Paul Garner in BMJ

splusholia

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https://blogs.bmj.com/bmj/2021/01/25/paul-garner-on-his-recovery-from-long-covid/

So I thought, let’s do it: I will either die or recover, I got out of bed and went to Sefton Park to join a military fitness session. It was fabulous, and the exercise pushed the aches and fatigue aside. I slept well and felt better the following day. I was back on track.’

This article makes me pretty sad. I tried all this when I was first diagnosed. I tried to force myself to walk around the block. I had no mental problems and yet my body gave up. He makes it sound like those who don’t recover are just thinking too negatively or not trying hard enough. In reality, he was probably going to get better anyway.
 
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I see two phenomena: The first is, that people alsways try any kinds of treatments AND some people improve without doing anything. In their closed mind, the improvement must have come from the treatment they were trying at that time. No matter what nonsense they were trying.

The second is, that people tend to talk b*****t once they are better. Assuming that everyone can be cured the same way as they are, for instance.
 

splusholia

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I see two phenomena: The first is, that people alsways try any kinds of treatments AND some people improve without doing anything. In their closed mind, the improvement must have come from the treatment they were trying at that time. No matter what nonsense they were trying.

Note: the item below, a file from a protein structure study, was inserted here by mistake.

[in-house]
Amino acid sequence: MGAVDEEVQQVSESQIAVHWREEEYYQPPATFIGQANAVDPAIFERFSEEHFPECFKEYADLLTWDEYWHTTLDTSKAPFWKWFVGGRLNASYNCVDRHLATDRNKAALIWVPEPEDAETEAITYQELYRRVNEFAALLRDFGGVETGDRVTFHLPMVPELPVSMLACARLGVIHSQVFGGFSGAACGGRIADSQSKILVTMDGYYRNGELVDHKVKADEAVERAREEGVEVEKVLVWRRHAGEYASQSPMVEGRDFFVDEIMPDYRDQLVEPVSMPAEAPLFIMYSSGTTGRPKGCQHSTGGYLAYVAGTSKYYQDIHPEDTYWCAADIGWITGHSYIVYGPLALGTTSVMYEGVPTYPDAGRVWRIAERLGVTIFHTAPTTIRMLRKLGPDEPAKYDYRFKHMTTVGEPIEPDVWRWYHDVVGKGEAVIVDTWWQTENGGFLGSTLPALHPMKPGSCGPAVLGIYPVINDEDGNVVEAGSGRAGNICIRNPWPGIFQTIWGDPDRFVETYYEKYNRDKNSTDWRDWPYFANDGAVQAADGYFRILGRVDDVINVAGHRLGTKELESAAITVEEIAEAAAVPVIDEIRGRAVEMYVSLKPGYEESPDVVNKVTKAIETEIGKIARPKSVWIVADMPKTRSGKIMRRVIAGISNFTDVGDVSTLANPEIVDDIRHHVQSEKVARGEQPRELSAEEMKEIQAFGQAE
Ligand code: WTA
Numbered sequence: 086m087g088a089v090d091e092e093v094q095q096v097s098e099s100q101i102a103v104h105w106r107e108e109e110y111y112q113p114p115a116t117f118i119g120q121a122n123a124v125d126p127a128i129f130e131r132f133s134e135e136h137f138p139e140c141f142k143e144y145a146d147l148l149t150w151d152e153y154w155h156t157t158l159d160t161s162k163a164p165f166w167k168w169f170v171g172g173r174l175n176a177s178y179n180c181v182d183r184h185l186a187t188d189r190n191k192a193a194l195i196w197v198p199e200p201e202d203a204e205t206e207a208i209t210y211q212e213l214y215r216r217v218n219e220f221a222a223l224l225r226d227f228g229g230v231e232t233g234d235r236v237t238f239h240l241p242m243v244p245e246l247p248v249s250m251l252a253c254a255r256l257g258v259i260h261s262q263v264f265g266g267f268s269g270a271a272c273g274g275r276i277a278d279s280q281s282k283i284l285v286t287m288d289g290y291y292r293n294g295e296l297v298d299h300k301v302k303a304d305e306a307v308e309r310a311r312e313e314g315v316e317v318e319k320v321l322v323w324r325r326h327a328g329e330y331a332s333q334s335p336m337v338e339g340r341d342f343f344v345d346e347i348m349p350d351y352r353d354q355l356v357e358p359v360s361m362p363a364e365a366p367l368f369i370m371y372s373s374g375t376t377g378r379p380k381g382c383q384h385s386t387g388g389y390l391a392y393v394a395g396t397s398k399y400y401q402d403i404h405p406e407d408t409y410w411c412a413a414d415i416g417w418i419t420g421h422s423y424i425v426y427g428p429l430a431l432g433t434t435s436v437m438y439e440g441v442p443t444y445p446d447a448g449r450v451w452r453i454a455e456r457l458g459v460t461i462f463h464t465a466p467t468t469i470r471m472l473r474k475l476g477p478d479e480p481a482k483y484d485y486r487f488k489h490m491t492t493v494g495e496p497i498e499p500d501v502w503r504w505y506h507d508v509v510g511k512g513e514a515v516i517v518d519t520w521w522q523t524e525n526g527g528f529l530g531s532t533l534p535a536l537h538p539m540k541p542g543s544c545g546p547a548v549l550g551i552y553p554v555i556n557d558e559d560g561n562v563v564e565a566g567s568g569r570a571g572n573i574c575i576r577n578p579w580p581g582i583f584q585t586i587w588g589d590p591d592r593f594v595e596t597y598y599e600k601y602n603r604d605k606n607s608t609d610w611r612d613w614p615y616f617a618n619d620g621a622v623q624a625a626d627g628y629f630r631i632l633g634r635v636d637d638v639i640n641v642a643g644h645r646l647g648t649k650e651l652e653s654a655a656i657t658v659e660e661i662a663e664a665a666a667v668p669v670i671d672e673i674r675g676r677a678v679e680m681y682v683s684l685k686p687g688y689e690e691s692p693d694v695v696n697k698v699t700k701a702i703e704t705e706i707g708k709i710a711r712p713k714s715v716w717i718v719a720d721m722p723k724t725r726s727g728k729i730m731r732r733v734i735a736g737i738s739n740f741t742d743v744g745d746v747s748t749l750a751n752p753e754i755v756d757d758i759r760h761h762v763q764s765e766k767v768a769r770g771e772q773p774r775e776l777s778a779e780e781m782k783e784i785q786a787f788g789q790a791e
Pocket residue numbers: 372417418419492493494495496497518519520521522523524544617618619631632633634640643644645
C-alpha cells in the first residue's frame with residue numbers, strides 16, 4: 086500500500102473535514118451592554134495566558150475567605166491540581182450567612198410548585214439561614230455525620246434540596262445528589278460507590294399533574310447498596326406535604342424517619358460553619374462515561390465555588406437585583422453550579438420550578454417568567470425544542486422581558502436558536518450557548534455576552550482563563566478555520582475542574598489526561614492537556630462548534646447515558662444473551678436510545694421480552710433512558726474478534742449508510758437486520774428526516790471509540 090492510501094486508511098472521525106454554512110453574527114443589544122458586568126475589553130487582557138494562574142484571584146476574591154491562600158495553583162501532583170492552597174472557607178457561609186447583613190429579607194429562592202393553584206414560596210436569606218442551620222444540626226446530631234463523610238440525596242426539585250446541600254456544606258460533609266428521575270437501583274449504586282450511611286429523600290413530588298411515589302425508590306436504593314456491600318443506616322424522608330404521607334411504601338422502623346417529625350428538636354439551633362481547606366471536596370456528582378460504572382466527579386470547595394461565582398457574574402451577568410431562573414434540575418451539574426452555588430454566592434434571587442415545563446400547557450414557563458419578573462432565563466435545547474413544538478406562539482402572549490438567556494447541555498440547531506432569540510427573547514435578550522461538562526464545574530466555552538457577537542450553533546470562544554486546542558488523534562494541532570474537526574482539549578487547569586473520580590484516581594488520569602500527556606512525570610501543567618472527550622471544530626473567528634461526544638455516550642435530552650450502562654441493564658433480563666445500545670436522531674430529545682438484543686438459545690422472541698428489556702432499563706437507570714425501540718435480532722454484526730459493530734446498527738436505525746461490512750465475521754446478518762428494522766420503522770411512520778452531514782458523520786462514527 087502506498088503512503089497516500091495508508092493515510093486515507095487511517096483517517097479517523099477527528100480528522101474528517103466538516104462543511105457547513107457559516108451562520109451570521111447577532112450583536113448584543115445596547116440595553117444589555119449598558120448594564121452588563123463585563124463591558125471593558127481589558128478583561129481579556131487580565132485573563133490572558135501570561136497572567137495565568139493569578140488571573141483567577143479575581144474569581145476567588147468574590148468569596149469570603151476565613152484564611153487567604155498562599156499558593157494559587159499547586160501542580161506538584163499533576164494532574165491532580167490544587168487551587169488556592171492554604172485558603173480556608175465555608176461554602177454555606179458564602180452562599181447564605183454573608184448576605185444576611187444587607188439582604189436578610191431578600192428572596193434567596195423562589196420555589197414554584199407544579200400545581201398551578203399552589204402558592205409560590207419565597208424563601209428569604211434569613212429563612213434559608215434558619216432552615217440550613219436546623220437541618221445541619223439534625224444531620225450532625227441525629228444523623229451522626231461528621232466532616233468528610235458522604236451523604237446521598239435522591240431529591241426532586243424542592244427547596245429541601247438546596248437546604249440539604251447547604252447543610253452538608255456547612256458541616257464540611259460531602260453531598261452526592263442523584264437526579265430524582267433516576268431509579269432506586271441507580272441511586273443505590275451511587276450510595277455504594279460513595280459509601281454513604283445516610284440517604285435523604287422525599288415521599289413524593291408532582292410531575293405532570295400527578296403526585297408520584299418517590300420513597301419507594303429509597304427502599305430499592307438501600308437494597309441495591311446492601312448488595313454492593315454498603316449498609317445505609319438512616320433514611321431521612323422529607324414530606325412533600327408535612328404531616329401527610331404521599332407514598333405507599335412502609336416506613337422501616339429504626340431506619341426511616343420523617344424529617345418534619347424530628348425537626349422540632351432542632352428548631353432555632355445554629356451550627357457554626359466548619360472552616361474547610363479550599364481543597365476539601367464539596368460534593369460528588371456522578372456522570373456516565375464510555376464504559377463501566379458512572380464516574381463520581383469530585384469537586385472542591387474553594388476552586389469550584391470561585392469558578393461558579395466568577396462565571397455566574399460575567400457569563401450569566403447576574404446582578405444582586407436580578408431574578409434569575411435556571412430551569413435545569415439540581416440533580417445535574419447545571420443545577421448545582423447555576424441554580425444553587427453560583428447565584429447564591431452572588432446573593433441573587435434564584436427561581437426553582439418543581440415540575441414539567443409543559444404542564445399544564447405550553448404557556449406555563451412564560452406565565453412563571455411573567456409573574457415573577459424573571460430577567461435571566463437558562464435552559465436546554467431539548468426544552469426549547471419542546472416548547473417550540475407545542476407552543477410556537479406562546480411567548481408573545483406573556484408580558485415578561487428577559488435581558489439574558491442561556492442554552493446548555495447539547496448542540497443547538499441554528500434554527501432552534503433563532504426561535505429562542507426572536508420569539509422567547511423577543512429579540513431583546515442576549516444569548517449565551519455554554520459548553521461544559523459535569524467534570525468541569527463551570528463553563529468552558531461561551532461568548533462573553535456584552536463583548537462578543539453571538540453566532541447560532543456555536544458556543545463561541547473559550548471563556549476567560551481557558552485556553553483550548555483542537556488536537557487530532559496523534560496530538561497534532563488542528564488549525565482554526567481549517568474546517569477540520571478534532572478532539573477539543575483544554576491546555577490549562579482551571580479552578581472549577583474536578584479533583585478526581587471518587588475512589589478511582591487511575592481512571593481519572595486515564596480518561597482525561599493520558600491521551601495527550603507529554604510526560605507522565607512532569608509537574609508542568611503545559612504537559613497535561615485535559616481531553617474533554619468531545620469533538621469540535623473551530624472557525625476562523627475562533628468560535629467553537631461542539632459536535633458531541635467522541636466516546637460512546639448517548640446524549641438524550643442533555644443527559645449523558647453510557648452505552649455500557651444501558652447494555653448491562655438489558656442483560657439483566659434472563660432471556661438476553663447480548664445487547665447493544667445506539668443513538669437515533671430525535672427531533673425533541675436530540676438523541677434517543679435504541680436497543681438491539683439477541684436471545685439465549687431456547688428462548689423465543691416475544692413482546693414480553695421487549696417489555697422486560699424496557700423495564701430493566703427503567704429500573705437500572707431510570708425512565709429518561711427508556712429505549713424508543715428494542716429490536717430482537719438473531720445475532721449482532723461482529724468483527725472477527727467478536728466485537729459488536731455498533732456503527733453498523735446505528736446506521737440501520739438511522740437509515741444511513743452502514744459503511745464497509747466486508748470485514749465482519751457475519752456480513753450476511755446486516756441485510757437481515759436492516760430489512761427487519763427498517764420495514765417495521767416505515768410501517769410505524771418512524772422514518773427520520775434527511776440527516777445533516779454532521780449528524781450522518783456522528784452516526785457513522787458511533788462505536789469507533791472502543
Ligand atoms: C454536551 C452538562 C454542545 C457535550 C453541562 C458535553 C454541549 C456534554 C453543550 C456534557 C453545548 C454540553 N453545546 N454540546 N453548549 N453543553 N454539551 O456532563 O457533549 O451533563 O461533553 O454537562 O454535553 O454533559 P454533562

The second is, that people tend to talk b*****t once they are better. Assuming that everyone can be cured the same way as they are, for instance.
Yeah, I agree. I think I was guilty of this a bit because about four years before I got ill I had a shorter version of post viral fatigue. It was actually pretty severe but I seemed to just snap out of it quite quickly. I was taking vitamin D at the time so I assumed afterwards that vitamin D could cure post viral fatigue. Well, let’s just say that when it hit me again, four years later, vitamin D didn’t make too much of a dent!
 

Mary

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I am so sorry to see this blog by Paul Garner! He had initially seemed like an intelligent man in his earlier BMJ blog posts, and one who might have some influence with the medical powers-that-be to start taking ME/CFS seriously. He sounds like he's been brainwashed, drinking the kool-aid of his BSP cohorts (I don't know if that's the right acronym for biosocial theory, can never remember it!)

It would be interesting to see what he would say if he relapsed, and couldn't recover. I know we're not supposed to wish ill on anyone, but the amount of harm he is perpetrating is too hard to contemplate!

Like everyone else here, I pushed myself as hard as I could for as long as I could when I first got ill. And I'm still sick 22 years later, bit it isn't for lack of trying to regain my health!